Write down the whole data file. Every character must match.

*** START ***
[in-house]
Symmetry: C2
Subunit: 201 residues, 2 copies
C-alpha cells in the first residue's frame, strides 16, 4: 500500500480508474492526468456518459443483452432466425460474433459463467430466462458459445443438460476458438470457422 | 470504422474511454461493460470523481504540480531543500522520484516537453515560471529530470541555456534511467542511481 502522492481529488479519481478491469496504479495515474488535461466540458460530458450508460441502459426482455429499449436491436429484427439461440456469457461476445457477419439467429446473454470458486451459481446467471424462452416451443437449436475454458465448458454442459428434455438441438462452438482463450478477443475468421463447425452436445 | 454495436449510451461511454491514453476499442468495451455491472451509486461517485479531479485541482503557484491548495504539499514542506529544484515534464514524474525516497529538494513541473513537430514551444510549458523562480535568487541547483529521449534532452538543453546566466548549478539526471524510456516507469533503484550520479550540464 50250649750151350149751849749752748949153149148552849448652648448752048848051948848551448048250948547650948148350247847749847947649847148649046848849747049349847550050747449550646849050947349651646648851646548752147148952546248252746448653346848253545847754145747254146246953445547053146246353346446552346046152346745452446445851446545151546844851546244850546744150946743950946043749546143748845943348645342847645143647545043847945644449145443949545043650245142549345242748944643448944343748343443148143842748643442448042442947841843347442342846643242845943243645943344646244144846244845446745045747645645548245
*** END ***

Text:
[in-house]
Symmetry: C2
Subunit: 201 residues, 2 copies
C-alpha cells in the first residue's frame, strides 16, 4: 500500500480508474492526468456518459443483452432466425460474433459463467430466462458459445443438460476458438470457422 | 470504422474511454461493460470523481504540480531543500522520484516537453515560471529530470541555456534511467542511481 502522492481529488479519481478491469496504479495515474488535461466540458460530458450508460441502459426482455429499449436491436429484427439461440456469457461476445457477419439467429446473454470458486451459481446467471424462452416451443437449436475454458465448458454442459428434455438441438462452438482463450478477443475468421463447425452436445 | 454495436449510451461511454491514453476499442468495451455491472451509486461517485479531479485541482503557484491548495504539499514542506529544484515534464514524474525516497529538494513541473513537430514551444510549458523562480535568487541547483529521449534532452538543453546566466548549478539526471524510456516507469533503484550520479550540464 50250649750151350149751849749752748949153149148552849448652648448752048848051948848551448048250948547650948148350247847749847947649847148649046848849747049349847550050747449550646849050947349651646648851646548752147148952546248252746448653346848253545847754145747254146246953445547053146246353346446552346046152346745452446445851446545151546844851546244850546744150946743950946043749546143748845943348645342847645143647545043847945644449145443949545043650245142549345242748944643448944343748343443148143842748643442448042442947841843347442342846643242845943243645943344646244144846244845446745045747645645548245